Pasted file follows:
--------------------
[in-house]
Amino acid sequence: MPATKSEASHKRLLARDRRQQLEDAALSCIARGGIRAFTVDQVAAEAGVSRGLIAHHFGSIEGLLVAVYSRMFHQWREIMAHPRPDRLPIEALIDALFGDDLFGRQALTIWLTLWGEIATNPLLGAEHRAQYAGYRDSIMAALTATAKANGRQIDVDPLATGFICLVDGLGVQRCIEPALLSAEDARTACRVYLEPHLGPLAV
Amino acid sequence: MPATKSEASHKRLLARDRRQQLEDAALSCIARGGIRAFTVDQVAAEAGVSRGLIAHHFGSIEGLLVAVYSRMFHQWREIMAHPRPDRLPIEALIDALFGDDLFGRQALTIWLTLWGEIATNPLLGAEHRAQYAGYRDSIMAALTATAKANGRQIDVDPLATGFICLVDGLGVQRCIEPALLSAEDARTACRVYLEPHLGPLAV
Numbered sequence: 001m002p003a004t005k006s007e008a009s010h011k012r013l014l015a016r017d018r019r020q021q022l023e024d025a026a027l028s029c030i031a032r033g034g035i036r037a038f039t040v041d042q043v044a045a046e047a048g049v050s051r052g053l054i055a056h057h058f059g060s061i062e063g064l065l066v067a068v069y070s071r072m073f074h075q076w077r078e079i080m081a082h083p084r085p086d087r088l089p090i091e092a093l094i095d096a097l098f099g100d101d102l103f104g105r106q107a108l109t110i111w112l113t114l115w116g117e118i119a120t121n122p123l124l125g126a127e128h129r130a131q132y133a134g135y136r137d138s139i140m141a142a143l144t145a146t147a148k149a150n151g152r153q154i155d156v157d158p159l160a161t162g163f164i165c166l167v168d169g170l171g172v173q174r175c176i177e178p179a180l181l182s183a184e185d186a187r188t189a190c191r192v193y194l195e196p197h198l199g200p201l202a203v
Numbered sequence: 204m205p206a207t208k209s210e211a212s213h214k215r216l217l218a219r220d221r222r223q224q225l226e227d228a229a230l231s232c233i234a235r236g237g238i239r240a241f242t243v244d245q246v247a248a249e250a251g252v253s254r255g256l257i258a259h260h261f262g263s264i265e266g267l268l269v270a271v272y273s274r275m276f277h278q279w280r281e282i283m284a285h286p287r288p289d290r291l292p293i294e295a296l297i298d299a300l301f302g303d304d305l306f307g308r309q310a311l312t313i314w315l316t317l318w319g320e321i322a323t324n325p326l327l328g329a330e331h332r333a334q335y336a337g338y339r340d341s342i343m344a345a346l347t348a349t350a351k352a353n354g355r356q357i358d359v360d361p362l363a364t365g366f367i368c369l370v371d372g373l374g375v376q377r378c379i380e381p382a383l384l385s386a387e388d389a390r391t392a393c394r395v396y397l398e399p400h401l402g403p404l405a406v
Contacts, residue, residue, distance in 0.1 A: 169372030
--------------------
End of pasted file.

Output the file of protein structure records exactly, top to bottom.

[in-house]
Amino acid sequence: MPATKSEASHKRLLARDRRQQLEDAALSCIARGGIRAFTVDQVAAEAGVSRGLIAHHFGSIEGLLVAVYSRMFHQWREIMAHPRPDRLPIEALIDALFGDDLFGRQALTIWLTLWGEIATNPLLGAEHRAQYAGYRDSIMAALTATAKANGRQIDVDPLATGFICLVDGLGVQRCIEPALLSAEDARTACRVYLEPHLGPLAV
Amino acid sequence: MPATKSEASHKRLLARDRRQQLEDAALSCIARGGIRAFTVDQVAAEAGVSRGLIAHHFGSIEGLLVAVYSRMFHQWREIMAHPRPDRLPIEALIDALFGDDLFGRQALTIWLTLWGEIATNPLLGAEHRAQYAGYRDSIMAALTATAKANGRQIDVDPLATGFICLVDGLGVQRCIEPALLSAEDARTACRVYLEPHLGPLAV
Numbered sequence: 001m002p003a004t005k006s007e008a009s010h011k012r013l014l015a016r017d018r019r020q021q022l023e024d025a026a027l028s029c030i031a032r033g034g035i036r037a038f039t040v041d042q043v044a045a046e047a048g049v050s051r052g053l054i055a056h057h058f059g060s061i062e063g064l065l066v067a068v069y070s071r072m073f074h075q076w077r078e079i080m081a082h083p084r085p086d087r088l089p090i091e092a093l094i095d096a097l098f099g100d101d102l103f104g105r106q107a108l109t110i111w112l113t114l115w116g117e118i119a120t121n122p123l124l125g126a127e128h129r130a131q132y133a134g135y136r137d138s139i140m141a142a143l144t145a146t147a148k149a150n151g152r153q154i155d156v157d158p159l160a161t162g163f164i165c166l167v168d169g170l171g172v173q174r175c176i177e178p179a180l181l182s183a184e185d186a187r188t189a190c191r192v193y194l195e196p197h198l199g200p201l202a203v
Numbered sequence: 204m205p206a207t208k209s210e211a212s213h214k215r216l217l218a219r220d221r222r223q224q225l226e227d228a229a230l231s232c233i234a235r236g237g238i239r240a241f242t243v244d245q246v247a248a249e250a251g252v253s254r255g256l257i258a259h260h261f262g263s264i265e266g267l268l269v270a271v272y273s274r275m276f277h278q279w280r281e282i283m284a285h286p287r288p289d290r291l292p293i294e295a296l297i298d299a300l301f302g303d304d305l306f307g308r309q310a311l312t313i314w315l316t317l318w319g320e321i322a323t324n325p326l327l328g329a330e331h332r333a334q335y336a337g338y339r340d341s342i343m344a345a346l347t348a349t350a351k352a353n354g355r356q357i358d359v360d361p362l363a364t365g366f367i368c369l370v371d372g373l374g375v376q377r378c379i380e381p382a383l384l385s386a387e388d389a390r391t392a393c394r395v396y397l398e399p400h401l402g403p404l405a406v
Contacts, residue, residue, distance in 0.1 A: 169372030